This is a very valuable new biography of John of Gaunt. As usual with this author, the incredibly complex network of family relationships is successfully navigated.
There is a fair amount of ‘correction of the record’. For example, Duchess Blanche did not die of plague in 1369, but of unknown causes in 1368. Duchess Constanza was not a horrid, smelly, religious fanatic, but a beautiful woman, almost certainly blonde, religiously devout but by no means fanatical or obsessed. Katherine Swynford was probably some years older than was once thought. You will find many more clarifications of this kind.
It is a pity that little of Gaunt‘s personal character shines through, but then this is not a novel but a factual account based on sources. One thing is for sure. He was incredibly wealthy. His brothers were simply not in the same league, financially. It seems he was often thought to be aloof and even arrogant, but he was in fact capable of individual acts of kindness and generosity. Like Mr Darcy, the impression is that he was a ‘good master’ to those who served him and to his tenants.
A very useful part of the book is an almost complete translation of Gaunt’s enormously long and complex will. (However ill he was at the end, if he dictated all its detailed provisions, he must have retained his mental acuity to the day of his death.) His alms to the poor, as intended, were equivalent to millions in modern money. This was only part of the bequests he intended for the welfare of his soul.
This is a book well worth having for anyone interested in Gaunt, his family, or the era in general. Recommended.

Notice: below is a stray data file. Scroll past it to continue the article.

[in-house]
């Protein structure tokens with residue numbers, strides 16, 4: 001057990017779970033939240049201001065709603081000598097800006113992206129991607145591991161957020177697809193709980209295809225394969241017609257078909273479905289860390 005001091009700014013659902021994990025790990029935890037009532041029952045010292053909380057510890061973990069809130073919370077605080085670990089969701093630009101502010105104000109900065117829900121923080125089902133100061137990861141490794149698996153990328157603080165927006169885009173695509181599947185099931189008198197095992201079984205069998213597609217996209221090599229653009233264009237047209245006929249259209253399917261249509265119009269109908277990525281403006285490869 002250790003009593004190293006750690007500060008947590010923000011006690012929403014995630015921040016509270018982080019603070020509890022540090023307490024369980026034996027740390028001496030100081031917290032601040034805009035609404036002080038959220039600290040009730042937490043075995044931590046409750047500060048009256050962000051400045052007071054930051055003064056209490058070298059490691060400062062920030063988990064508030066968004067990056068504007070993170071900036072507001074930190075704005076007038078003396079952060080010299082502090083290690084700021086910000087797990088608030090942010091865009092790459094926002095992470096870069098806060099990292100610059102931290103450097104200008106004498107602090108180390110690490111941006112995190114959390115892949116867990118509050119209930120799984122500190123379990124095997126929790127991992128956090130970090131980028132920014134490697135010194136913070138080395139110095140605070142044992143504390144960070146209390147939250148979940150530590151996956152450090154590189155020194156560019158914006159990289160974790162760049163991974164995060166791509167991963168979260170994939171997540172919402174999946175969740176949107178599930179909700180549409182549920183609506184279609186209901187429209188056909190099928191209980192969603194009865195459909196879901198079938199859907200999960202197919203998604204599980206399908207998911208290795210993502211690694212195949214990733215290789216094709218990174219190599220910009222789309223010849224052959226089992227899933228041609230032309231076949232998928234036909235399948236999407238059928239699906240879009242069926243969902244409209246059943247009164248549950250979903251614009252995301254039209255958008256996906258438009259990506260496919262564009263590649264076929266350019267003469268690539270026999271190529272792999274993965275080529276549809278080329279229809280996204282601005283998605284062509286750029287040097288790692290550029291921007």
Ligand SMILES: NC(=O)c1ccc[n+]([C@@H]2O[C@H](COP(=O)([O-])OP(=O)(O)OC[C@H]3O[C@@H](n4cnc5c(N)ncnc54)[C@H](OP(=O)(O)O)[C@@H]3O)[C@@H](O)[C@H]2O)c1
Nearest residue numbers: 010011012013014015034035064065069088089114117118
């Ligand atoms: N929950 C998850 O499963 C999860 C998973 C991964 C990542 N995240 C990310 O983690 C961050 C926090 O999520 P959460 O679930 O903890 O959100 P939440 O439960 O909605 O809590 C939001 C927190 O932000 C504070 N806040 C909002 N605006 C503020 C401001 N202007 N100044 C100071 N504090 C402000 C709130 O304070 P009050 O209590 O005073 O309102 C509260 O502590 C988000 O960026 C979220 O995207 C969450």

I have to agree with Sighthound concerning this much-needed biography. Kathryn Warner is always eminently readable, and can be relied upon to dig out small facts that pass other historians by…and to correct the oft-repeated chestnuts. John of Gaunt is not my favourite by any means, and nothing will ever convince me he didn’t set out to force his own line on to the succession. And this was before it could be suspected that Richard II might never produce heirs of his own. Gaunt was busy from the outset. By this I mean that he worked on the dying Edward III to exclude the Mortimers (from a more senior royal son) from the throne because they descended through a female line. Apparently such an entail was indeed forthcoming, which was pretty rich considering Edward claimed the throne of France through his mother, and Gaunt claimed Castile through his wife. One rule for them, another for everyone else. So praise for Gaunt as the epitome of noble, good and fair always rings a little false for me. Nevertheless, Ms Warner managed (from time to time!) to make me actually like him! Such moments were fleeting, I hasten to add, but it’s a mark of the book’s quality that they ever came into being! The upshot is that I thoroughly enjoyed reading it, and don’t hesitate to recommend it to others.
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